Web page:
Under the circumstances, the maidens seemed likely to become trials of
survival rather than raw skill, but there were more finishers than might be expected, especially in the Confined Maiden. Although second last week, Royal Cruise had been only tackling two and a half miles, and he did not run on strongly at the death, and definitely a false favourite today. The stamina doubts proved to be valid, as he faded in the last quarter mile from what had been a good lead, and was only third. The winner was a five year old debutant, Balau, who looked absolutely fantastically fit and well in the paddock, but drifted in the betting. In the circumstances, he may have been worth a betting risk, as the limitations of his rivals were fairly transparent, but when conditions are bad, I always wonder whether the best interest of youngsters in their first race is to have a bit of an educational. Gut feeling is that Balau could be a fair pointer in the making. Gale On The Lake made it two non-completions in eight days, but again did well enough whilst in the race to think he has the engine to win a maiden if he can get round. Another paddock pick was See Red Billdan. He has never finished a race but he led, jumping well, until running out through the wing of the sixteenth. Like Gale On The Lake, there seems to be some raw material to work on, but plenty of elbow grease is going to be needed. I actually did him each-way on the Tote, as just before the off he was showing 32-1 for the win (about 10s on the remaining boards) and no place money on him at all. Dreams of scooping the pool were confounded again.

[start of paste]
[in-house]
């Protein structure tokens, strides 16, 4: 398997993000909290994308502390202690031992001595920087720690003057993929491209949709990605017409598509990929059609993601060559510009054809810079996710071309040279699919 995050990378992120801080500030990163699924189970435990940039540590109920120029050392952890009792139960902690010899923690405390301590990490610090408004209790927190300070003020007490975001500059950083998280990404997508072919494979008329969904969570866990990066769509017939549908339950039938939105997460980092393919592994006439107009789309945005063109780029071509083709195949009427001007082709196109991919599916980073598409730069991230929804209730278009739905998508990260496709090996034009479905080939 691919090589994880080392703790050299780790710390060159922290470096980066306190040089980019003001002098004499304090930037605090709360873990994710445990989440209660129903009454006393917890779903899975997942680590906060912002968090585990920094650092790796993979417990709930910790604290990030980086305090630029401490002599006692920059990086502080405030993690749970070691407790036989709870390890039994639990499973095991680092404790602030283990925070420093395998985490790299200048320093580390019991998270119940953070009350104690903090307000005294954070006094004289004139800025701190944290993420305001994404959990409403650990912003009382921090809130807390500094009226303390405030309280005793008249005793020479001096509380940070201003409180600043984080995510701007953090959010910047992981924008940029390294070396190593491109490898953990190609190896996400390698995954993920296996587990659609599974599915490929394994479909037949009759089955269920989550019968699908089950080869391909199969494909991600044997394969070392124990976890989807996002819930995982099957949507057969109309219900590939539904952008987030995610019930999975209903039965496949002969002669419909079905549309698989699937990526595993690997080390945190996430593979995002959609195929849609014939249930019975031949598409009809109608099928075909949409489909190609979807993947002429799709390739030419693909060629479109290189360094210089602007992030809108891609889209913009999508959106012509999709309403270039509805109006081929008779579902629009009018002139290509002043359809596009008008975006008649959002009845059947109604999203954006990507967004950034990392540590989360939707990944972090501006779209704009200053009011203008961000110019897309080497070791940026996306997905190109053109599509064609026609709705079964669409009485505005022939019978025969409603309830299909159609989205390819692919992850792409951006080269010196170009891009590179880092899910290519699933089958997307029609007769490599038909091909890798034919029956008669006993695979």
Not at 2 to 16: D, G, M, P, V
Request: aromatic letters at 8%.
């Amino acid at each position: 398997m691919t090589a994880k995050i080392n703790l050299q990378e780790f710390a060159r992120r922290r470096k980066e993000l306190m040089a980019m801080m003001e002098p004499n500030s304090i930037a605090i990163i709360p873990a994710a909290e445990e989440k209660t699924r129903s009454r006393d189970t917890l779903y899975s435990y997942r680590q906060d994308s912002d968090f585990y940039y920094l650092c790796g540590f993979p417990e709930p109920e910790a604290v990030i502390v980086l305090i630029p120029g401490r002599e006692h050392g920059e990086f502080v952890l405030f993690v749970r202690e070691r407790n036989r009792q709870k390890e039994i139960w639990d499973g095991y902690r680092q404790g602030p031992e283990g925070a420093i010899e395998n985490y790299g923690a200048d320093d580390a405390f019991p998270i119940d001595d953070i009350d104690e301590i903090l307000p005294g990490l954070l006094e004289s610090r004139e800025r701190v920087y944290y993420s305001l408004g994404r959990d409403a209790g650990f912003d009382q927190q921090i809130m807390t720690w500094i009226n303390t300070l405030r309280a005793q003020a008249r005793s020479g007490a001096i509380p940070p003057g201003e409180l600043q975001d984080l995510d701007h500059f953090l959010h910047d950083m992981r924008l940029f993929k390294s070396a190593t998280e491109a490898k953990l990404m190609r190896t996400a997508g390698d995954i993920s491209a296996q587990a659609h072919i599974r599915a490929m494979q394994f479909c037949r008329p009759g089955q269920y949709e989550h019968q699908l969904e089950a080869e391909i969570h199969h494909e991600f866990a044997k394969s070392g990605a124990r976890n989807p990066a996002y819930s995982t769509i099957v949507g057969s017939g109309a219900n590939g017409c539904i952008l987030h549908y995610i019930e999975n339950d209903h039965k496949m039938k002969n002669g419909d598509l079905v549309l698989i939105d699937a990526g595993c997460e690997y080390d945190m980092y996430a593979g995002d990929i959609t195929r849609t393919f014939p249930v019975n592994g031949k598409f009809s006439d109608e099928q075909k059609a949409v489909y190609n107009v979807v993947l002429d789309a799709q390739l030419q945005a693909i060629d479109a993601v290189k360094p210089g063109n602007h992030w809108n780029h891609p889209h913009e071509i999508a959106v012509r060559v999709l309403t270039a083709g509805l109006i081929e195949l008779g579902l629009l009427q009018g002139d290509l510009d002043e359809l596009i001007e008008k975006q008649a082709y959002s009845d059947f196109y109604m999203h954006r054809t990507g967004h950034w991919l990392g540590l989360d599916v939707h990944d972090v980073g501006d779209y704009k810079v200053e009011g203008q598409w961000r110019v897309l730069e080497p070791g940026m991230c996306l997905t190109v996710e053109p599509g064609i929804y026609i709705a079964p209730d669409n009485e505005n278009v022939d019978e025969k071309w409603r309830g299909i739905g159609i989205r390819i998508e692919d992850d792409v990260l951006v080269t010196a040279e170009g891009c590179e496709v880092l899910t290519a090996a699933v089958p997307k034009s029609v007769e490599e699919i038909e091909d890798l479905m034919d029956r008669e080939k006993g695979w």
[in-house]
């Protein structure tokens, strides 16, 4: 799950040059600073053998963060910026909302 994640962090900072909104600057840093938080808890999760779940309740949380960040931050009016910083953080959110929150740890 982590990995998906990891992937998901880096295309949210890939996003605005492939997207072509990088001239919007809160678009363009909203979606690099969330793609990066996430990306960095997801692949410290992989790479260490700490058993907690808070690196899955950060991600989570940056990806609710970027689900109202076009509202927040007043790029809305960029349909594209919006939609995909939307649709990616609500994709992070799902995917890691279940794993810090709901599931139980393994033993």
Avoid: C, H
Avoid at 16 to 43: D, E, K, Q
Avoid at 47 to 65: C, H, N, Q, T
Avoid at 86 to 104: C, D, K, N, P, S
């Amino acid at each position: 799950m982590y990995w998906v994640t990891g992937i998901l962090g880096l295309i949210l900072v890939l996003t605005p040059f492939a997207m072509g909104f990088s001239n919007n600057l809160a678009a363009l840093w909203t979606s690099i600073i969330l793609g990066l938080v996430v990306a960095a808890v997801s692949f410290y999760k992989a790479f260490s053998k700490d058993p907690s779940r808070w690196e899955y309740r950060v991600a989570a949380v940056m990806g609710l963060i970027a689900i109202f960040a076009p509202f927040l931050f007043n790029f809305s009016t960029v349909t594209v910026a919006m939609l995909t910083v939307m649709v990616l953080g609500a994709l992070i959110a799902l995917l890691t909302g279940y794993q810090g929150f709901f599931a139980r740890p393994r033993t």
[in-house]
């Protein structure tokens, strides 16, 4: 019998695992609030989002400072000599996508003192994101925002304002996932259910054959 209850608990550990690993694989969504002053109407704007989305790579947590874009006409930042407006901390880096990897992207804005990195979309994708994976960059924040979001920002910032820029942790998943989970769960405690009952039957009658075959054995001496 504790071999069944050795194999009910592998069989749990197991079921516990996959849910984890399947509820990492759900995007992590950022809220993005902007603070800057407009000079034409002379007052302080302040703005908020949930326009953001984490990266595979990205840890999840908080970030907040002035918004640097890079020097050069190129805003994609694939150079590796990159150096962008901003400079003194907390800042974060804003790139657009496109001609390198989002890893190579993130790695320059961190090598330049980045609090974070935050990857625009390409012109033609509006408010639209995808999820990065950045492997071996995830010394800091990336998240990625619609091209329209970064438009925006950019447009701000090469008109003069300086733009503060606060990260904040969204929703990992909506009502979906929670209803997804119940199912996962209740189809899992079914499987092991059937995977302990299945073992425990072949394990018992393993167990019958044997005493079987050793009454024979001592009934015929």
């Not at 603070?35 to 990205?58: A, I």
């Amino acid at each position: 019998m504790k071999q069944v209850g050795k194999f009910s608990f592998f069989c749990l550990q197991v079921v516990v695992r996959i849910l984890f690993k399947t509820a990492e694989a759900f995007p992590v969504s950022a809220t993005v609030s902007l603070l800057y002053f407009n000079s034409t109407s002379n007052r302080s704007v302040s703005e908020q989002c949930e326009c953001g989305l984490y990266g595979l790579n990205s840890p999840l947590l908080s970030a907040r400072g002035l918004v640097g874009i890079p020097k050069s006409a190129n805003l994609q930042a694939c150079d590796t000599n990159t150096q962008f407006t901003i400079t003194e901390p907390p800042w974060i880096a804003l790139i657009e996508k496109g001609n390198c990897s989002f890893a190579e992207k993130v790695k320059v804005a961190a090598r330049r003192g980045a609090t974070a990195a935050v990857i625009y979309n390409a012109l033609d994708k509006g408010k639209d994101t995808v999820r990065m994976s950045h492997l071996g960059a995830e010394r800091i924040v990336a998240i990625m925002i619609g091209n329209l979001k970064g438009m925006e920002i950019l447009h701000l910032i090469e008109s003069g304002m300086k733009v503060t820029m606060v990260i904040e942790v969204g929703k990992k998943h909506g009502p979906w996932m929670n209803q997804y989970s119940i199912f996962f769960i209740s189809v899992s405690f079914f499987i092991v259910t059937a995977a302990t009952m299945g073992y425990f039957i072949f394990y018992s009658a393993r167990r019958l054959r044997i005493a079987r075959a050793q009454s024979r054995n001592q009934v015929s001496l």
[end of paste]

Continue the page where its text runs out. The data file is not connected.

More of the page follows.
The Castle at Oare Confined Maiden
Having achieved 100% clothing saturation by this stage, the race did not
have my undivided attention, as I was unpeeling the racecard from my pocket. The winner was Street Smart, who defied one or two moments of uncertain jumping to continue the progressive form since the start of the season - U621 is now the record. Second was Rumour Has It, who showed that he had learnt a bit about getting over the fences since blundering round on his debut, just holding the late run of No Reward. The third has a fairly inconsistent record, but he ran an odd race here. In the back straight, he was under pressure and making no progress on the leaders. Having disappeared off of the radar, he made up a lot of late ground and did look less exhausted than the other finishers as he came home. Certainly No Reward was given too much to do, but he may not be fully co-operative with the pilot either. After pulling hard at Charing last week, Master Chief was allowed to bowl along in front. He loved it, and jumped soundly for two and a half miles, but tired very quickly when hitting the wall. He is not yet a lost cause.

The last four points I have been too have now seen a battering by gale force winds, with hail and icy rain; frozen to the bone; strong winds and rain; stronger winds and heavier rain. It's getting harder persuading potential attendees that this is all part of the fun of it!